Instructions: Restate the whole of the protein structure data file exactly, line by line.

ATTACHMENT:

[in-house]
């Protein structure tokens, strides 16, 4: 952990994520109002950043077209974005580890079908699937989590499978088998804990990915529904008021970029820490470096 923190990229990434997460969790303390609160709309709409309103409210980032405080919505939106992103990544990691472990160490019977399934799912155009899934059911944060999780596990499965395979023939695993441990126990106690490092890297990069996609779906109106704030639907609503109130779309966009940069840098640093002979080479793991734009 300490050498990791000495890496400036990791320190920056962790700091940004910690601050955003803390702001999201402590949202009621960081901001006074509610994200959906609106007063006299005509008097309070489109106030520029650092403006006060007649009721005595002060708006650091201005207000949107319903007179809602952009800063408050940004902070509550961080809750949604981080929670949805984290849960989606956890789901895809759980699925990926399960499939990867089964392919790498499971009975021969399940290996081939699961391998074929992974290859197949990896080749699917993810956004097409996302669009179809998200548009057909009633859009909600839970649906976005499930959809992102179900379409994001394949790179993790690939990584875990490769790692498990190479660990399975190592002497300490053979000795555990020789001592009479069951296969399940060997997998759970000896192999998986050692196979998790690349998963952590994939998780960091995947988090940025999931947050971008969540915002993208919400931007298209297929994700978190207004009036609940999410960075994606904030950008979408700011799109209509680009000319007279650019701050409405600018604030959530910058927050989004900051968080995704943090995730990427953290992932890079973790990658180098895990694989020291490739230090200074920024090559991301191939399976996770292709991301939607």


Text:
[in-house]
């Protein structure tokens, strides 16, 4: 952990994520109002950043077209974005580890079908699937989590499978088998804990990915529904008021970029820490470096 923190990229990434997460969790303390609160709309709409309103409210980032405080919505939106992103990544990691472990160490019977399934799912155009899934059911944060999780596990499965395979023939695993441990126990106690490092890297990069996609779906109106704030639907609503109130779309966009940069840098640093002979080479793991734009 300490050498990791000495890496400036990791320190920056962790700091940004910690601050955003803390702001999201402590949202009621960081901001006074509610994200959906609106007063006299005509008097309070489109106030520029650092403006006060007649009721005595002060708006650091201005207000949107319903007179809602952009800063408050940004902070509550961080809750949604981080929670949805984290849960989606956890789901895809759980699925990926399960499939990867089964392919790498499971009975021969399940290996081939699961391998074929992974290859197949990896080749699917993810956004097409996302669009179809998200548009057909009633859009909600839970649906976005499930959809992102179900379409994001394949790179993790690939990584875990490769790692498990190479660990399975190592002497300490053979000795555990020789001592009479069951296969399940060997997998759970000896192999998986050692196979998790690349998963952590994939998780960091995947988090940025999931947050971008969540915002993208919400931007298209297929994700978190207004009036609940999410960075994606904030950008979408700011799109209509680009000319007279650019701050409405600018604030959530910058927050989004900051968080995704943090995730990427953290992932890079973790990658180098895990694989020291490739230090200074920024090559991301191939399976996770292709991301939607």